Episode Reviewed: Square One (674)
Writers: Marshal Younger, Paul McCusker

Director: Paul McCusker
Sound Designer: Christopher Diehl
Music: Tim Hosman
Theme: Trust
Original Airdate: 11/20/10

Review Written by: Ben Warren, Staff Writer

Rating (out of 5):


 

Episode Summary

Matthew joins a mysterious new club and refuses to tell Emily about their activities. Emily decides that this is a mystery that she must solve.
 

 

The Review

Square One reminds me somewhat of Opposite Day; both are down-to-earth, friendship focused, kid-centric episodes that keep things relatively light and probably won't turn out to be season favorites. Both are fine episodes on their own; however, Square One avoids the mistakes Opposite Day made and is ultimately the stronger of the two.

Yes, the "Jones and Parker Detective Agency" is back. This time, their presence is forgiven since the episode focuses on the club's disunity rather than unity; for those who dislike their presence on the show, this is good news. Obviously, we see that the lives of the mystery-solving duo isn't all fun and games largely because of Emily over-possessiveness. Emily wants the team to focus on the group's new logo and has a problem with Matthew tinkering with a pen and accuses him of being weird. Really, Emily? Really? You're the only child who has their own detective agency, and you're calling Matthew weird for wanting to know how a pen works? Really? You spend afternoons spying on others with binoculars; you blackmail others and photograph them from trees; you even suggest that these group of boys are involved in a conspiracy, but Matthew can't look at your little pen? Really?

Memorable characters make Adventures in Odyssey the success that it is. Lately I've been wondering why we've had to endure so many dry new characters lacking interesting or attractive personalities. This was the root problem with this reboot. Some simple slice-of-life stories were instantly deemed failures the moment they announced which characters were starring in them. A glimmer of hope is now creeping around the corner; Odyssey is slowly solidifying a core group of children who, dare I say it, have the potential of becoming as memorable as those in the show's golden age. Is Ryan the new Jack Davis and Nelson the new Oscar? In today's episode, the chemistry between its characters seemed different. These characters no longer seemed one-dimensional, but were fleshed out, and surprisingly worked well together. I thought Ryan, Pete and Nelson made up a neat threesome, with compelling and contrasting personalities (though I still find Pete somewhat aggravating). For once in a long time, the episode ended and I immediately looked forward to when these same group of kids will appear on the series again.

Admittedly, even Emily Jones, who I still somewhat detest, works quite well here. For once, the story acknowledges her character faults as the pompous, egotistical, big-headed individual that she is. The fact that Emily was blackmailing people and incessantly putting down Matthew made me dislike her character all the more, but strangely, her attitude worked well with the story being told. The reality is that Emily Jones isn't the likable child protagonist that the producers initially made her out to be--unlike Ryan, who proved his likability in The Owlnapping. Marshall seems to have understood this. The listener both easily and rightfully sympathizes with Matthew, feeling frustrated as he does when Emily Jones interferes with his private business. In the end, she is humbled--and I don't really mind hearing more from this humbled Emily. It was even refreshing to hear from a wiser and more sincere Matthew Parker than the brooding or passive character he played in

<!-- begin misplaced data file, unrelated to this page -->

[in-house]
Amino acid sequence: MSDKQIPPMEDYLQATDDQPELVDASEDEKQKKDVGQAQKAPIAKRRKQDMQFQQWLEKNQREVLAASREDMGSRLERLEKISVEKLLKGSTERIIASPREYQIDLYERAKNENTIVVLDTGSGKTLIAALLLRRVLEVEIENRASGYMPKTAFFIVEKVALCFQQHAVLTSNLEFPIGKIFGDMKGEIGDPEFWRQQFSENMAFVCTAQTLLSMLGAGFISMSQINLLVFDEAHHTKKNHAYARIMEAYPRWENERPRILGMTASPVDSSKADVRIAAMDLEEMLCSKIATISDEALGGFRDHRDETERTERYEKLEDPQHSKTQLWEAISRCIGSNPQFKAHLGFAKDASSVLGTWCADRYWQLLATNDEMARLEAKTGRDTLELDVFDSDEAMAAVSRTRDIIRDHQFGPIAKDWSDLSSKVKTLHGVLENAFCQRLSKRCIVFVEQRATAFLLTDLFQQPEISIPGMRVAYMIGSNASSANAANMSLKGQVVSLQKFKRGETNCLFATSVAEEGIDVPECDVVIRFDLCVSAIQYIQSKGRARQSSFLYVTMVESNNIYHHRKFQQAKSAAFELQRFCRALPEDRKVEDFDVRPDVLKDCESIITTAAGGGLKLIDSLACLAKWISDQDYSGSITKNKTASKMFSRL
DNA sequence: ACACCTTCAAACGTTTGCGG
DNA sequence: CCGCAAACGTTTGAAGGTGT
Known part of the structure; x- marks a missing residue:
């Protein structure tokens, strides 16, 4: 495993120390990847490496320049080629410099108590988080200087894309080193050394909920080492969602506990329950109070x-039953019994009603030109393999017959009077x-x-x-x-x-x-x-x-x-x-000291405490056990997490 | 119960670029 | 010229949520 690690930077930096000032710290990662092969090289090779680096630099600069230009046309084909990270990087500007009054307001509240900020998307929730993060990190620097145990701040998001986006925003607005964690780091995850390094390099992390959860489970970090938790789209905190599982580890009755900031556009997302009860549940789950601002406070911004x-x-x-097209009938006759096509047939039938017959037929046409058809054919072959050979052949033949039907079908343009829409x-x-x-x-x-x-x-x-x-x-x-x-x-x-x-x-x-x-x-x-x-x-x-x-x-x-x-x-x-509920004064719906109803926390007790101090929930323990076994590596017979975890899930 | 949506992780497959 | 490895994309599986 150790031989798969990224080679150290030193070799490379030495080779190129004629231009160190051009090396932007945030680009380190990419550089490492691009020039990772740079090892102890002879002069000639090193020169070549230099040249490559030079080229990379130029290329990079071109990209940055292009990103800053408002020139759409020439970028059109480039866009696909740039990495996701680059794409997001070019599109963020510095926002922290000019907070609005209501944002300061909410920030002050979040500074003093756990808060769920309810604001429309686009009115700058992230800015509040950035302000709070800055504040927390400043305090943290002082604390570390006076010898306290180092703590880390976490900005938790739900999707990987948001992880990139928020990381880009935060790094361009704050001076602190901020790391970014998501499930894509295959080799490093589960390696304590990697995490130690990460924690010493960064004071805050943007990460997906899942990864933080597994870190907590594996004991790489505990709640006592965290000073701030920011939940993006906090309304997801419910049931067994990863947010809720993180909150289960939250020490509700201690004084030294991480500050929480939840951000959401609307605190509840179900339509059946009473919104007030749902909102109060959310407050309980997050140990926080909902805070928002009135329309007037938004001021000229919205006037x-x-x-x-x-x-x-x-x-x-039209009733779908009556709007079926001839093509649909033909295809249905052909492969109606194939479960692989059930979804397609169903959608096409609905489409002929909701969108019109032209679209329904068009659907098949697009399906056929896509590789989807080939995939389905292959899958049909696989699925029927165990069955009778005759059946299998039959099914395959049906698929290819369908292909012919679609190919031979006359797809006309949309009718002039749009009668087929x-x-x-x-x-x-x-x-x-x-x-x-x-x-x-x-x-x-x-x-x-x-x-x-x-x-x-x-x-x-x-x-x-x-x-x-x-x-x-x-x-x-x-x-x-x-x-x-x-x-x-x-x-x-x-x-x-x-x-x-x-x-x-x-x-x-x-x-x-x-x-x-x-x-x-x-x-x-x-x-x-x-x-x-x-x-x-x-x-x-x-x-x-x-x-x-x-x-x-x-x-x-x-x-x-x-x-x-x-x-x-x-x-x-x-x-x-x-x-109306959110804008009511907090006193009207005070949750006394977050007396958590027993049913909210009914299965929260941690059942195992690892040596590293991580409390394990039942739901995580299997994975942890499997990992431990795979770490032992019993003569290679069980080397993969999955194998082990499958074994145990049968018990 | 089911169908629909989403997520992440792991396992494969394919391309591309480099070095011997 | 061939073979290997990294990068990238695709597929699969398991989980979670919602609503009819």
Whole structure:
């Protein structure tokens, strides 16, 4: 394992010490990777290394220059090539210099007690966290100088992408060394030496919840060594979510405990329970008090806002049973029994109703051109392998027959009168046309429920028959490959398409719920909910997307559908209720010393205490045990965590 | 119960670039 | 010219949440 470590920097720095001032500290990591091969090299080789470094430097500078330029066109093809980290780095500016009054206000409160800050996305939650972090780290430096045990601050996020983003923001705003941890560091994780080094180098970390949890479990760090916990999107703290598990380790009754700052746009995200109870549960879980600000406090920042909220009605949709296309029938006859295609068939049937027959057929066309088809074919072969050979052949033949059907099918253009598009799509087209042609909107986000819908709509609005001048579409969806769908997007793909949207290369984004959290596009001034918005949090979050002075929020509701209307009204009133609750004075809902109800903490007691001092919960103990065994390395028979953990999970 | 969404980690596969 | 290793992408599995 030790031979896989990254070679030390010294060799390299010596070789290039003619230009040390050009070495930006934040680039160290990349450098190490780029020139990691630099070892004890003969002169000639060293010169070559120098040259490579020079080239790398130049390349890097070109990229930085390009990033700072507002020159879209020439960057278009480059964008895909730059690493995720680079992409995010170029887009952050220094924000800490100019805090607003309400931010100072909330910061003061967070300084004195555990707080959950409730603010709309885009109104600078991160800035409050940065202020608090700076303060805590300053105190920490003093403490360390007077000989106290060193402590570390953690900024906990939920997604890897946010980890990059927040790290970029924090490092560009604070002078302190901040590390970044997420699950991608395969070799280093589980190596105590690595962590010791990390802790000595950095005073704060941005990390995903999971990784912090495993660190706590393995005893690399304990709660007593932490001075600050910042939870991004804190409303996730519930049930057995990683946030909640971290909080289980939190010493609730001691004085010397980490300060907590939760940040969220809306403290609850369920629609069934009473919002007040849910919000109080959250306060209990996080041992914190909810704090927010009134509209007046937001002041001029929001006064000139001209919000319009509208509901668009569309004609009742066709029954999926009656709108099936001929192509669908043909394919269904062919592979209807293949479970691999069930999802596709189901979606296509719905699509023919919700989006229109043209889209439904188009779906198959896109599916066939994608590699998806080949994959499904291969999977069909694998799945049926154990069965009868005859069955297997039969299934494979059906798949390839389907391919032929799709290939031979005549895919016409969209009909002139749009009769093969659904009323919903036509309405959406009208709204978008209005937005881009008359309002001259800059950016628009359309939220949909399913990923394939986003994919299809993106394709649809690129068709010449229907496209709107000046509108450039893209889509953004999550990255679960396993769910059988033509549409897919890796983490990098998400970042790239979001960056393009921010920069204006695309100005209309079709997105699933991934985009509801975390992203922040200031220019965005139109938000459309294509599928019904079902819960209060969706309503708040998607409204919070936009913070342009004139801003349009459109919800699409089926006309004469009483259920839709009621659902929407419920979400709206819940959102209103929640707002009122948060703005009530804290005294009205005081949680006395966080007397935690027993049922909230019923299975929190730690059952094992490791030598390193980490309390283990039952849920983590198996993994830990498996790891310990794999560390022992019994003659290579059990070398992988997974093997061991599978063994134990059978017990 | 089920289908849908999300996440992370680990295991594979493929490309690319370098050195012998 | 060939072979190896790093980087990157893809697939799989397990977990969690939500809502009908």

The Inspiration Station and Stage Fright, respectively. Essentially, both lead characters did a fine job here.

I appreciate how the episode didn't feel the need to waste time having a separate subplot. The show told a simple story about Matthew's relationship to a group of guys, and Marshall did a good job at developing the story thoughtfully and at a comfortable pace; scenes never felt rushed or feel the urge to end with stale punchlines. While the dialogue ranged from occasionally lame (Emily's "Yea. In Another Universe *giggle*") to funny (Pete's "Pasty Resistance"), Matthew's scene with Whit, confrontation with Emily, and apology to Ryan, were three consecutive well-crafted scenes.

I realize that I've been ignoring Whit in recent reviews. This isn't on purpose. It goes without saying that Andre Stojka has been doing an excellent job this season. But has Whit's role in show not become a little too gimmicky lately? Whit has only been showing up in the final half of the episode behind the counter, almost as a Deus ex machina, immediately setting all things right in the land of Odyssey. I know this is who his character is, and this is how us fans like him best, but it is also starting to feel a little too formulaic;
Square One will mark the third time in a row his character is used in this manner. Thankfully, next week's A Thankstaking Story shakes his role up a bit.

This episode gets three stars for not only being a satisfactory episode, but for being a somewhat satisfying one as well.
Square One is nice, simple, and well thought-out. In addition to this, it has those extra elements which distinguishes it from other kid-centric, slice of life episodes: good chemistry and sincere performances.
 

 

Rating


 

 

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